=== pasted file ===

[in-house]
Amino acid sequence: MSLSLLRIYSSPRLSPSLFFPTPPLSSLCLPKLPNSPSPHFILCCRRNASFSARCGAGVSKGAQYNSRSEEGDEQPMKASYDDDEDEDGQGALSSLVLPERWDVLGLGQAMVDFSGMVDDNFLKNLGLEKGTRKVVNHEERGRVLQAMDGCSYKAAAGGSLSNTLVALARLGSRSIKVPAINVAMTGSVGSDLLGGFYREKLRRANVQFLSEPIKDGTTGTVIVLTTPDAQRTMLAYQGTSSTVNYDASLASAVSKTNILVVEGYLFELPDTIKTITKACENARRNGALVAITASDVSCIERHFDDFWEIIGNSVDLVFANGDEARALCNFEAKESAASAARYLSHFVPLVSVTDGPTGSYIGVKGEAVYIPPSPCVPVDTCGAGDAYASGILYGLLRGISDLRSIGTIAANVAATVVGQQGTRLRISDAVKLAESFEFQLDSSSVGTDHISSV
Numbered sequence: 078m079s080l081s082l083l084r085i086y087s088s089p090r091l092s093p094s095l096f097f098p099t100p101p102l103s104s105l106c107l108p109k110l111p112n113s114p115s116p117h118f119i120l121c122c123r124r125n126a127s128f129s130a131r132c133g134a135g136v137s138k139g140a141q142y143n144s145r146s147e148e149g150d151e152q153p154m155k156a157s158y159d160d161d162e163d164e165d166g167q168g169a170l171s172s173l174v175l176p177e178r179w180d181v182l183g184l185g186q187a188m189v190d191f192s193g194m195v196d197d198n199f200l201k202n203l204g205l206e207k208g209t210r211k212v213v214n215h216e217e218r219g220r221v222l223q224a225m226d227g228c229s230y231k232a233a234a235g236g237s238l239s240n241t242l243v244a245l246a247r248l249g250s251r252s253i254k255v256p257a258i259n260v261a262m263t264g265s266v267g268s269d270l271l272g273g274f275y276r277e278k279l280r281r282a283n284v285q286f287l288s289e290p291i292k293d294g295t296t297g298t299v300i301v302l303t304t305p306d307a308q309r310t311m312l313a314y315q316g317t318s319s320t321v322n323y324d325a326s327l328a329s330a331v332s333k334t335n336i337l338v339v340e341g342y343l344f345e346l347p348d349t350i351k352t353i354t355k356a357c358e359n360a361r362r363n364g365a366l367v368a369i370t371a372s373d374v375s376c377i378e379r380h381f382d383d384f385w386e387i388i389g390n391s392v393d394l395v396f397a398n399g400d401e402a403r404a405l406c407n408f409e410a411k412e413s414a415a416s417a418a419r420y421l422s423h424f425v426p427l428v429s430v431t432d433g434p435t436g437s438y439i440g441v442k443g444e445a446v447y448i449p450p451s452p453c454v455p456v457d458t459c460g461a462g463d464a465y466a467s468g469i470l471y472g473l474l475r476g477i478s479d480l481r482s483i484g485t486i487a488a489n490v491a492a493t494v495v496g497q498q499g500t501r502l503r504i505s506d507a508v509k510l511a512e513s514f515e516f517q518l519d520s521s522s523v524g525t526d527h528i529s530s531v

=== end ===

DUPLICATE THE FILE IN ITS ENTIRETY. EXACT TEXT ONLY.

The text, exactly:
[in-house]
Amino acid sequence: MSLSLLRIYSSPRLSPSLFFPTPPLSSLCLPKLPNSPSPHFILCCRRNASFSARCGAGVSKGAQYNSRSEEGDEQPMKASYDDDEDEDGQGALSSLVLPERWDVLGLGQAMVDFSGMVDDNFLKNLGLEKGTRKVVNHEERGRVLQAMDGCSYKAAAGGSLSNTLVALARLGSRSIKVPAINVAMTGSVGSDLLGGFYREKLRRANVQFLSEPIKDGTTGTVIVLTTPDAQRTMLAYQGTSSTVNYDASLASAVSKTNILVVEGYLFELPDTIKTITKACENARRNGALVAITASDVSCIERHFDDFWEIIGNSVDLVFANGDEARALCNFEAKESAASAARYLSHFVPLVSVTDGPTGSYIGVKGEAVYIPPSPCVPVDTCGAGDAYASGILYGLLRGISDLRSIGTIAANVAATVVGQQGTRLRISDAVKLAESFEFQLDSSSVGTDHISSV
Numbered sequence: 078m079s080l081s082l083l084r085i086y087s088s089p090r091l092s093p094s095l096f097f098p099t100p101p102l103s104s105l106c107l108p109k110l111p112n113s114p115s116p117h118f119i120l121c122c123r124r125n126a127s128f129s130a131r132c133g134a135g136v137s138k139g140a141q142y143n144s145r146s147e148e149g150d151e152q153p154m155k156a157s158y159d160d161d162e163d164e165d166g167q168g169a170l171s172s173l174v175l176p177e178r179w180d181v182l183g184l185g186q187a188m189v190d191f192s193g194m195v196d197d198n199f200l201k202n203l204g205l206e207k208g209t210r211k212v213v214n215h216e217e218r219g220r221v222l223q224a225m226d227g228c229s230y231k232a233a234a235g236g237s238l239s240n241t242l243v244a245l246a247r248l249g250s251r252s253i254k255v256p257a258i259n260v261a262m263t264g265s266v267g268s269d270l271l272g273g274f275y276r277e278k279l280r281r282a283n284v285q286f287l288s289e290p291i292k293d294g295t296t297g298t299v300i301v302l303t304t305p306d307a308q309r310t311m312l313a314y315q316g317t318s319s320t321v322n323y324d325a326s327l328a329s330a331v332s333k334t335n336i337l338v339v340e341g342y343l344f345e346l347p348d349t350i351k352t353i354t355k356a357c358e359n360a361r362r363n364g365a366l367v368a369i370t371a372s373d374v375s376c377i378e379r380h381f382d383d384f385w386e387i388i389g390n391s392v393d394l395v396f397a398n399g400d401e402a403r404a405l406c407n408f409e410a411k412e413s414a415a416s417a418a419r420y421l422s423h424f425v426p427l428v429s430v431t432d433g434p435t436g437s438y439i440g441v442k443g444e445a446v447y448i449p450p451s452p453c454v455p456v457d458t459c460g461a462g463d464a465y466a467s468g469i470l471y472g473l474l475r476g477i478s479d480l481r482s483i484g485t486i487a488a489n490v491a492a493t494v495v496g497q498q499g500t501r502l503r504i505s506d507a508v509k510l511a512e513s514f515e516f517q518l519d520s521s522s523v524g525t526d527h528i529s530s531v